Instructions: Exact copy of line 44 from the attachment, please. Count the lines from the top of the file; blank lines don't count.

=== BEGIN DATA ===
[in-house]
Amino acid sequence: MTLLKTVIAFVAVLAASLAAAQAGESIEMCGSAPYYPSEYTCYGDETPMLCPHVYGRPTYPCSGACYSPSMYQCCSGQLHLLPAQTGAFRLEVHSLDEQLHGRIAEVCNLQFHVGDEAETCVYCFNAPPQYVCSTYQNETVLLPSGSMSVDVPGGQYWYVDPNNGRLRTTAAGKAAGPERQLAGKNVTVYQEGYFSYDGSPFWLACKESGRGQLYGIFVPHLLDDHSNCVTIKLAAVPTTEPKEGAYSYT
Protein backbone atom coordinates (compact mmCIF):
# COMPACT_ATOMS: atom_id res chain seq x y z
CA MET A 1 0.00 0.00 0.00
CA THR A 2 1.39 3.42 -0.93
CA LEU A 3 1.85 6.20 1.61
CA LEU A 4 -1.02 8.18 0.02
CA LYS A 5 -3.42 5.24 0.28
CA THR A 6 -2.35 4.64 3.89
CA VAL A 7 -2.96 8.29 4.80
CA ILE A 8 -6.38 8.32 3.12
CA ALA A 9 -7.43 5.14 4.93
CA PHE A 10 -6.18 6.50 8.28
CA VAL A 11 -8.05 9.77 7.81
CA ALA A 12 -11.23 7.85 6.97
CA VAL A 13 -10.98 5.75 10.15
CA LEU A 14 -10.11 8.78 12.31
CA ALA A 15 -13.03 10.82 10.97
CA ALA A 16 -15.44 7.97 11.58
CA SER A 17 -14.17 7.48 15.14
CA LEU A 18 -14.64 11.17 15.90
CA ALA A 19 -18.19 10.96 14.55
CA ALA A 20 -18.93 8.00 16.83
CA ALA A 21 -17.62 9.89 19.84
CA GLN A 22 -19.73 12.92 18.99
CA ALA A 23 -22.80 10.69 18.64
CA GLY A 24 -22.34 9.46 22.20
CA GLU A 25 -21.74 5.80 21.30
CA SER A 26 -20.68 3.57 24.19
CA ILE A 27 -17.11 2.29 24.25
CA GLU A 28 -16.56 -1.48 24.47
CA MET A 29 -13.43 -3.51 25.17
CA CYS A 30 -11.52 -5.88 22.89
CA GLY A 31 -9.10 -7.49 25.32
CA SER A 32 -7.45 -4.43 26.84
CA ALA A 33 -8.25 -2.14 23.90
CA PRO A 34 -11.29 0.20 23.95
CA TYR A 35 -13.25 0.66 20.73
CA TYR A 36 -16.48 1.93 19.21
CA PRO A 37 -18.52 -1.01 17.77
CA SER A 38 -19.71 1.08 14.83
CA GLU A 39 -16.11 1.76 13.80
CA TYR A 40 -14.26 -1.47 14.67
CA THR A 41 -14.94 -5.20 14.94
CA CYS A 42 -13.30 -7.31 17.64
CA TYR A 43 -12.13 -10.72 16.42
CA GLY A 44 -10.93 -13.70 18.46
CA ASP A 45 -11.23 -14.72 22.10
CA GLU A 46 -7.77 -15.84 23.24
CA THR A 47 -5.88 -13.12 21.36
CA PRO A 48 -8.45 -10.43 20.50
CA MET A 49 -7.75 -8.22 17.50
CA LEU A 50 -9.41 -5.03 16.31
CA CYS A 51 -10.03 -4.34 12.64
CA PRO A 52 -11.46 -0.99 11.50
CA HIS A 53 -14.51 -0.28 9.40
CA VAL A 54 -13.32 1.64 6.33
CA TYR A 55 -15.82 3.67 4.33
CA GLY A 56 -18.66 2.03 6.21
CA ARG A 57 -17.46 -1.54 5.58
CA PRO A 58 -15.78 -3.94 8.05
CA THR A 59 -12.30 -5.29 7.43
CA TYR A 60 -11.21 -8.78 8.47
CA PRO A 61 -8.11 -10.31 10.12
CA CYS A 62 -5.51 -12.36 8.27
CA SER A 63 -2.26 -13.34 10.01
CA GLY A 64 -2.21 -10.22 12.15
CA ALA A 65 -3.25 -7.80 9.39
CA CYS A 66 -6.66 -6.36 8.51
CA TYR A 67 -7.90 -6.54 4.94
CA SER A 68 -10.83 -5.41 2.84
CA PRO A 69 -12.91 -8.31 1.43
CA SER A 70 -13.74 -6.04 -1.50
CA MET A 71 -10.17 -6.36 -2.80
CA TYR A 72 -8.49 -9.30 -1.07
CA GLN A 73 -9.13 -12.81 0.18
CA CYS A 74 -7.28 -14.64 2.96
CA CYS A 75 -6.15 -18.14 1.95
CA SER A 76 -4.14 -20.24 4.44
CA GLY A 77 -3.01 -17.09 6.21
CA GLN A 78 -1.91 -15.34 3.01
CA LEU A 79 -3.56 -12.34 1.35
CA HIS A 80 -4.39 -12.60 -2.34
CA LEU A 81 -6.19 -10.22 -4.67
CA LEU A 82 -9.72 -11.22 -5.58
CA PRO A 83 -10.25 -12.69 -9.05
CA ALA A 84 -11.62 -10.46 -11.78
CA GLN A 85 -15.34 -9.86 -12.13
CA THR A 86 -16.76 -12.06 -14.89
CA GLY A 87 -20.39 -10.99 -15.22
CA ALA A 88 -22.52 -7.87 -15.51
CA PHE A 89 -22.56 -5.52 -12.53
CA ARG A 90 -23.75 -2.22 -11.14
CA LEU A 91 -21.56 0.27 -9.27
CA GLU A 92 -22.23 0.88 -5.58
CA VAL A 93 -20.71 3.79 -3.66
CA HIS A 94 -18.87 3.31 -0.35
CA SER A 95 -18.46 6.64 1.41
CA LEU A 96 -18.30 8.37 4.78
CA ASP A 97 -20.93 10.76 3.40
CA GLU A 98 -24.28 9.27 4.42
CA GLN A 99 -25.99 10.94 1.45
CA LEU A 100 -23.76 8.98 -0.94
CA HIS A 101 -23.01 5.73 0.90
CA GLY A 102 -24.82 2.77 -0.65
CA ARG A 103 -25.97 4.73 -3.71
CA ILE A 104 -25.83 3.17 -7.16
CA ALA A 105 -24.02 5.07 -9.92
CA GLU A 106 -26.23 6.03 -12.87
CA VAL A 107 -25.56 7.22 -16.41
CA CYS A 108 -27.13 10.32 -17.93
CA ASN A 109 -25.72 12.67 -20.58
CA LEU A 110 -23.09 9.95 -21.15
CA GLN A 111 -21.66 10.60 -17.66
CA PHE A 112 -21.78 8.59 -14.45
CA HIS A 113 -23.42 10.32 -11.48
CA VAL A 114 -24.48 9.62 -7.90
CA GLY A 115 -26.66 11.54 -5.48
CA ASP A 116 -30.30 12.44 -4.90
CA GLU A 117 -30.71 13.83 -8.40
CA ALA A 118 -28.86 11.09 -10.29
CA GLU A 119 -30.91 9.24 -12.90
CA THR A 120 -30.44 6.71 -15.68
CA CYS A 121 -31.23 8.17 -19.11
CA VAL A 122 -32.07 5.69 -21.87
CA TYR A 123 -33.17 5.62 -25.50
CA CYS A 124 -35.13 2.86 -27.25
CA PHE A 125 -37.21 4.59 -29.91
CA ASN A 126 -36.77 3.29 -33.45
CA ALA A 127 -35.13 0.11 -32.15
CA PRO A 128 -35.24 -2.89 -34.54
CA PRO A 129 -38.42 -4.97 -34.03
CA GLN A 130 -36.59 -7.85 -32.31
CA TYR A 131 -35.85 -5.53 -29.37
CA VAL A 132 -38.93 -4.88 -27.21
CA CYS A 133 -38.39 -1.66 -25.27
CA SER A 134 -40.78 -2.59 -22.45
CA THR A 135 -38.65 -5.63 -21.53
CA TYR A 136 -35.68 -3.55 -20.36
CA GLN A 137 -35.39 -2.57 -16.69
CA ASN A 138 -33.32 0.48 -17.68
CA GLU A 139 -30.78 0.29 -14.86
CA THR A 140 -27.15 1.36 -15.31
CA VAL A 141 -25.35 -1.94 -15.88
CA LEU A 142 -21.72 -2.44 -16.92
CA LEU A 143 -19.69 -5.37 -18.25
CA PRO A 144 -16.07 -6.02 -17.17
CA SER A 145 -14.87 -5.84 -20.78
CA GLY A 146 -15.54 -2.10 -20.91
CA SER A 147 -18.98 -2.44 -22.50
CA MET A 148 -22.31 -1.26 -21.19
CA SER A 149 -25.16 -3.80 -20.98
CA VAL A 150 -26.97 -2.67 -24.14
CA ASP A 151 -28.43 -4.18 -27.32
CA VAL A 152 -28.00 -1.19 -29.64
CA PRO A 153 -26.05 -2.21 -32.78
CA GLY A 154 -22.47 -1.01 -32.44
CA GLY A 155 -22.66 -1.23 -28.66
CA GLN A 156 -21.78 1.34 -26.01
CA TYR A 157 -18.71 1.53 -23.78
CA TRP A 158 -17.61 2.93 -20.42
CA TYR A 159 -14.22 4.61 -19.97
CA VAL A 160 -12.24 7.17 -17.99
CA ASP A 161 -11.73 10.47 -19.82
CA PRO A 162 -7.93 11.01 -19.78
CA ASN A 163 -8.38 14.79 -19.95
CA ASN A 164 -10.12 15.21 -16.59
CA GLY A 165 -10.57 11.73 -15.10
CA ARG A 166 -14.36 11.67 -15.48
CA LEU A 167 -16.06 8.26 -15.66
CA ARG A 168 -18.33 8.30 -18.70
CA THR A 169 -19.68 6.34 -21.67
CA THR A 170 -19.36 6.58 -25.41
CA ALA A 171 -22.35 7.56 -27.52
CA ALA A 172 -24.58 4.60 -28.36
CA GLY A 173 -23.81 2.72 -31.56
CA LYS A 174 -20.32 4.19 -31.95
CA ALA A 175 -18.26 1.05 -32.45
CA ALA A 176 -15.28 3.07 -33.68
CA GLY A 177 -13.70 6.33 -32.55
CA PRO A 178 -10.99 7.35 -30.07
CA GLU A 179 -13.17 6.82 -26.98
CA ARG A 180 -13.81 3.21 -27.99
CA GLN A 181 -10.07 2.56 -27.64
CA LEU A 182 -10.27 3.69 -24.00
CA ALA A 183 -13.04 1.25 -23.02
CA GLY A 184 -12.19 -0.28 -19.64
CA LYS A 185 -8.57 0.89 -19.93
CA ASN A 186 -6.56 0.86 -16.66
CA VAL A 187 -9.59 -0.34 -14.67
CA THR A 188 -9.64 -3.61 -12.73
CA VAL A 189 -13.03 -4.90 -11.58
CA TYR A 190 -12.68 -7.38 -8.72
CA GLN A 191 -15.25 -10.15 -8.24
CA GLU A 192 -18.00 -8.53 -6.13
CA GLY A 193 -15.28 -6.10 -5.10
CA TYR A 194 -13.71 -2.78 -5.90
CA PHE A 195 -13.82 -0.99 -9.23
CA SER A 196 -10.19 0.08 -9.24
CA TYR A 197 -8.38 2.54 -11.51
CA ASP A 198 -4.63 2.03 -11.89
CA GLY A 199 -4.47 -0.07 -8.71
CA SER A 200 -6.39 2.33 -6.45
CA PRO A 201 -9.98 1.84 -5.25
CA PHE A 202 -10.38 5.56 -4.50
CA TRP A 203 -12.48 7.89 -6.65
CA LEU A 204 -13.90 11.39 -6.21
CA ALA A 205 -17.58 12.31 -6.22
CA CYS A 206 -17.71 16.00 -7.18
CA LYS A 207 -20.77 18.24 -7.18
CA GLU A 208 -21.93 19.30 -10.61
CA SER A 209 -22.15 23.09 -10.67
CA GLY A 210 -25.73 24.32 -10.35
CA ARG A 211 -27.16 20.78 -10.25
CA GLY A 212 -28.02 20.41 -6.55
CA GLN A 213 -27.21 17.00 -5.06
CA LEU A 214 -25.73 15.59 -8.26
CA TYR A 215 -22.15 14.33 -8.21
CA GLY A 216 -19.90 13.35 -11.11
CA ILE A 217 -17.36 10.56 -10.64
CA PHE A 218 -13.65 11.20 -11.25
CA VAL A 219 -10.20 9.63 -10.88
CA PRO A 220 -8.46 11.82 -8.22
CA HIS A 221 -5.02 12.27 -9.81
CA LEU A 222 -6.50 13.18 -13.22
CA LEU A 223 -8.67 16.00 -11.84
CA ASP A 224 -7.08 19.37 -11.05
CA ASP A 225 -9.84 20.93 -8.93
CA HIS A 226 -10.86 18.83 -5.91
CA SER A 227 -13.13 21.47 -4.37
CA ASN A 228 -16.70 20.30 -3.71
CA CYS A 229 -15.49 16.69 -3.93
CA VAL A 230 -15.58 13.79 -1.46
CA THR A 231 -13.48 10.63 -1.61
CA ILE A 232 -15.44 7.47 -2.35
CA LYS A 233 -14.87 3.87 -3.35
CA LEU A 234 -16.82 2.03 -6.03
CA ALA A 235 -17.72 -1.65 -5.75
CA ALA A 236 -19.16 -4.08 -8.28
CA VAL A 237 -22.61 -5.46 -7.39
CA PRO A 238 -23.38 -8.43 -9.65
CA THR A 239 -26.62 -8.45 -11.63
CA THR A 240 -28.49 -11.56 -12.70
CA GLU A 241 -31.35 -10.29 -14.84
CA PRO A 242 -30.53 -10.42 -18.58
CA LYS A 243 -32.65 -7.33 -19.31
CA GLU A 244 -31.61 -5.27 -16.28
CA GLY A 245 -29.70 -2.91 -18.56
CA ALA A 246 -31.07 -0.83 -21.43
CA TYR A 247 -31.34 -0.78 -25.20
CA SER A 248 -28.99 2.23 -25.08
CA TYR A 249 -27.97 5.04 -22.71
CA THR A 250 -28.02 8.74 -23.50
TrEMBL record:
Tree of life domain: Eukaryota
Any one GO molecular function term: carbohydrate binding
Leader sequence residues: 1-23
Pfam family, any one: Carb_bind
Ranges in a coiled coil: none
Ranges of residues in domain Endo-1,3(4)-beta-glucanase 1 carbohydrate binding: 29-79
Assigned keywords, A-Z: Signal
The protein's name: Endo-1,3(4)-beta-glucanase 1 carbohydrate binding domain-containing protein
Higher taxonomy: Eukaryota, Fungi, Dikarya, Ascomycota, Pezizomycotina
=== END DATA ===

CA TYR A 40 -14.26 -1.47 14.67